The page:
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A few things were gnawing at Lucas Gramlick on Monday, two days after the American Canyon High 285-pound wrestler placed fourth at the CIF Sac-Joaquin Section Masters Meet and qualified for his first-ever state meet.

He’ll be using his dissatisfaction as motivation at the CIF State Championships taking place Friday and Saturday at Rabobank Arena in Bakersfield.

The senior – ranked 18th in the state and sixth in the CIF Sac-Joaquin Section by going in – had locked up one of the six qualifying spots at his weight by pinning all three opponents he faced last Friday, including two ranked above him.

After dispatching Tracy High junior Angel Romo in 65 seconds, it took Gramlick just 80 seconds to take care of East Union-Manteca senior Jaysen Reindel, ranked ninth in the state. Gramlick needed the second period to pin Turlock junior Michael Jeffus, ranked 14th in the state, but did it with 17 seconds left.

That put him in the semifinals against Vacaville senior Jake Levengood, who had also pinned his first three foes. Ranked No. 2 in the state and having placed at the previous two state meets, Levengood pinned Gramlick in 1:31.

Gramlick came back with a 35-second pin of Foothill senior Igor Banar to reach the third-place match, where Jeffus defeated Gramlick 6-2 to avenge his earlier loss.

“I was feeling really confident going against the Turlock guy again, but I knew he was really good and he had a little bit of revenge motive,” Gramlick said of Jeffus.

Gramlick said the match became “controversial” after the wrestlers battled through a scoreless first period.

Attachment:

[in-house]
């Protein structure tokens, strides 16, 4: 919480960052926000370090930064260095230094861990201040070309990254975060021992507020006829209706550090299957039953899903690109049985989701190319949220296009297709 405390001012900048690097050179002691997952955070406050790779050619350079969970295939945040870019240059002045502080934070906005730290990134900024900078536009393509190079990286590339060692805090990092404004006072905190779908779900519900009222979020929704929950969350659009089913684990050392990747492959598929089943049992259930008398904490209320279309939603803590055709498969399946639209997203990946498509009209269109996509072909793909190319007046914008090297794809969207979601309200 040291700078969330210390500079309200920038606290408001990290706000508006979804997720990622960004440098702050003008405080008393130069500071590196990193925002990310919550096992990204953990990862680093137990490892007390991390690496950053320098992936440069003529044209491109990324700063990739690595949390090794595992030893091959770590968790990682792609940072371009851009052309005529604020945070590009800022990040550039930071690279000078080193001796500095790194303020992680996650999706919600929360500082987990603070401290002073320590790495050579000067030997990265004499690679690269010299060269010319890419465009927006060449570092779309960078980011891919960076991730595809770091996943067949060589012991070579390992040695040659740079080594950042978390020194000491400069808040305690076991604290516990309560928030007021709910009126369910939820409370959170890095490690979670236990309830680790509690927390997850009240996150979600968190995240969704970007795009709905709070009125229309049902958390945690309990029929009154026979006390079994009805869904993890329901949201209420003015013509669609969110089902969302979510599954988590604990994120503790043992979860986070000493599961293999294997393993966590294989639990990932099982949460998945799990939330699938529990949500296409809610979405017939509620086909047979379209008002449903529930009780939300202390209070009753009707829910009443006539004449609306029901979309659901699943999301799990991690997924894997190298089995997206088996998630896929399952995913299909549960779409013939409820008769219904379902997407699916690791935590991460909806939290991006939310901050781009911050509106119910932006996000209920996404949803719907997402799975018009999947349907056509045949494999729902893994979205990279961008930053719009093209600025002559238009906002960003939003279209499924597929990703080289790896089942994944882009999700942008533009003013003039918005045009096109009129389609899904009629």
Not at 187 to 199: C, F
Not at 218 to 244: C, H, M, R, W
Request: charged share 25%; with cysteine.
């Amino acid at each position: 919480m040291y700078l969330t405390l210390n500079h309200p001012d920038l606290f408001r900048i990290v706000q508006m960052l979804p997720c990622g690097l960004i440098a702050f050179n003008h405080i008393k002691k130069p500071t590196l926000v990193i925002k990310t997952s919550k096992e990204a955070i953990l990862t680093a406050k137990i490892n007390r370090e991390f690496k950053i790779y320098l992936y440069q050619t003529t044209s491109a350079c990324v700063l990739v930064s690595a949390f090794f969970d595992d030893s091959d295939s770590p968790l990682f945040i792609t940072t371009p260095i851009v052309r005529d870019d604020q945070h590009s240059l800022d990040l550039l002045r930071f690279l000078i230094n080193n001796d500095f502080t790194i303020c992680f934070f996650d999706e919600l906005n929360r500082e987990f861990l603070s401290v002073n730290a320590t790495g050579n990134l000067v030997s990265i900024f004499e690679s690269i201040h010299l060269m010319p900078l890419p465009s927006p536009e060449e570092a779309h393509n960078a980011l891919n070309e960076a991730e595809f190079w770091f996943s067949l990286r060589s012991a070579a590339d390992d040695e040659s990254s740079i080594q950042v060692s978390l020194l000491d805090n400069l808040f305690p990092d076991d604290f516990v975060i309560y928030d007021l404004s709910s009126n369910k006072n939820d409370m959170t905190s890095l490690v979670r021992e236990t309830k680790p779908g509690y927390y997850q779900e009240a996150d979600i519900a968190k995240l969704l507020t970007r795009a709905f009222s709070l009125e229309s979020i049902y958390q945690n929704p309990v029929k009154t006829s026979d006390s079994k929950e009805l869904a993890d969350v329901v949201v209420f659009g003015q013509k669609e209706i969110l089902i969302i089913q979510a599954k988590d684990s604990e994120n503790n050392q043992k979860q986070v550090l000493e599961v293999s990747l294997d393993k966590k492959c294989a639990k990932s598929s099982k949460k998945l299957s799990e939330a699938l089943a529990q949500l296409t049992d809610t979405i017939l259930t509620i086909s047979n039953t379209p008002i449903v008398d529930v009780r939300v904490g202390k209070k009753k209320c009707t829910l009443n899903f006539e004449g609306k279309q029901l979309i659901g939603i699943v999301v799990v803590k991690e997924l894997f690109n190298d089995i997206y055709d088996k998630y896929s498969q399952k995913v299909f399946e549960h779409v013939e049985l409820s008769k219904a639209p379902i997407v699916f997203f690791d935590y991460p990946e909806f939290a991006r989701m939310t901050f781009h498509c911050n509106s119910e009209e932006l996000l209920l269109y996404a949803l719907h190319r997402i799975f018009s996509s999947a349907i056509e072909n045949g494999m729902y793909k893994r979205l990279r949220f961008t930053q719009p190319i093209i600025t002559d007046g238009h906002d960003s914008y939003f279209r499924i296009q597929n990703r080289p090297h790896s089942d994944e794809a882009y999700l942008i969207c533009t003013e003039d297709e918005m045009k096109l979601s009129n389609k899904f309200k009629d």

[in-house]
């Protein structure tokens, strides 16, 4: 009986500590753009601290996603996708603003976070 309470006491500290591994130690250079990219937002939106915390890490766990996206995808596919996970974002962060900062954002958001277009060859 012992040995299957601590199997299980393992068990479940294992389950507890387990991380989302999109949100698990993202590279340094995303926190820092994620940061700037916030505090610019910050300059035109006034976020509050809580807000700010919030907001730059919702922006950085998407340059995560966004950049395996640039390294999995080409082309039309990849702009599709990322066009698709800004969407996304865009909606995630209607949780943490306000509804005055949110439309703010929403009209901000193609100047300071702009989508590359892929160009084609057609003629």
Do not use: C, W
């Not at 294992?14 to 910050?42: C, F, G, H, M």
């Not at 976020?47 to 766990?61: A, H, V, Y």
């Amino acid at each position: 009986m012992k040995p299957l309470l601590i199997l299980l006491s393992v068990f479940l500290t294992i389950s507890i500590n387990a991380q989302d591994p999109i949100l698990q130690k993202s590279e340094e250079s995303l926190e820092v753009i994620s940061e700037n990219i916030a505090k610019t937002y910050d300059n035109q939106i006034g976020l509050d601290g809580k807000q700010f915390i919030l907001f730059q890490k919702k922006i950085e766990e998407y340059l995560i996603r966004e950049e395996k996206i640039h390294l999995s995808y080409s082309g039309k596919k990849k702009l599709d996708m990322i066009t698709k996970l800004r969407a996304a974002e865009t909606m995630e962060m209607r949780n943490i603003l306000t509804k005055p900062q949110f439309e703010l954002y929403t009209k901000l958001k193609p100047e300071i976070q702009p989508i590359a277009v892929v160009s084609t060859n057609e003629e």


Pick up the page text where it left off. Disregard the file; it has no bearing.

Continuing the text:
“He started the second period on the bottom and stood up and I crotch-lifted him and kinda slammed him down on his shoulder and onto his back,” Gramlick recalled. “I thought I’d get a near-fall and was going to win the match. But he was yelling and the ref blew it dead. (Jeffus) complained that his shoulder was hurt, and I didn’t get any points. One of the rules is if you get injured while getting pinned, it’s an automatic near-fall, but I didn’t get that.”

Jeffus scored an escape for a 1-0 lead, then went up 2-0 when Gramlick was penalized a point.

“I got him in a move that I did the day before, a headlock where he tried to step in front of me and trip me and instead I tripped him and took him to his back. The day before, I got the two points for it. This time the only thing different was the ref, and he called it an illegal (move). I had other coaches tell me after the match that it wasn’t illegal.

“It was highly disappointing to me and was kind of the reason I eventually lost the match. If you’re down 2-0 at that level, it’s hard to make it up. If I had lost the match fair and square I would have (accepted it), but I felt in my mind that I had done everything right that I had to do to win the match.”

Gramlick also didn’t understand why he was placed on the same side of the bracket as Levengood. The Del Campo wrestler he had beaten at the Division I-A meet the week before ended up wrestling Levengood in the final and placing second.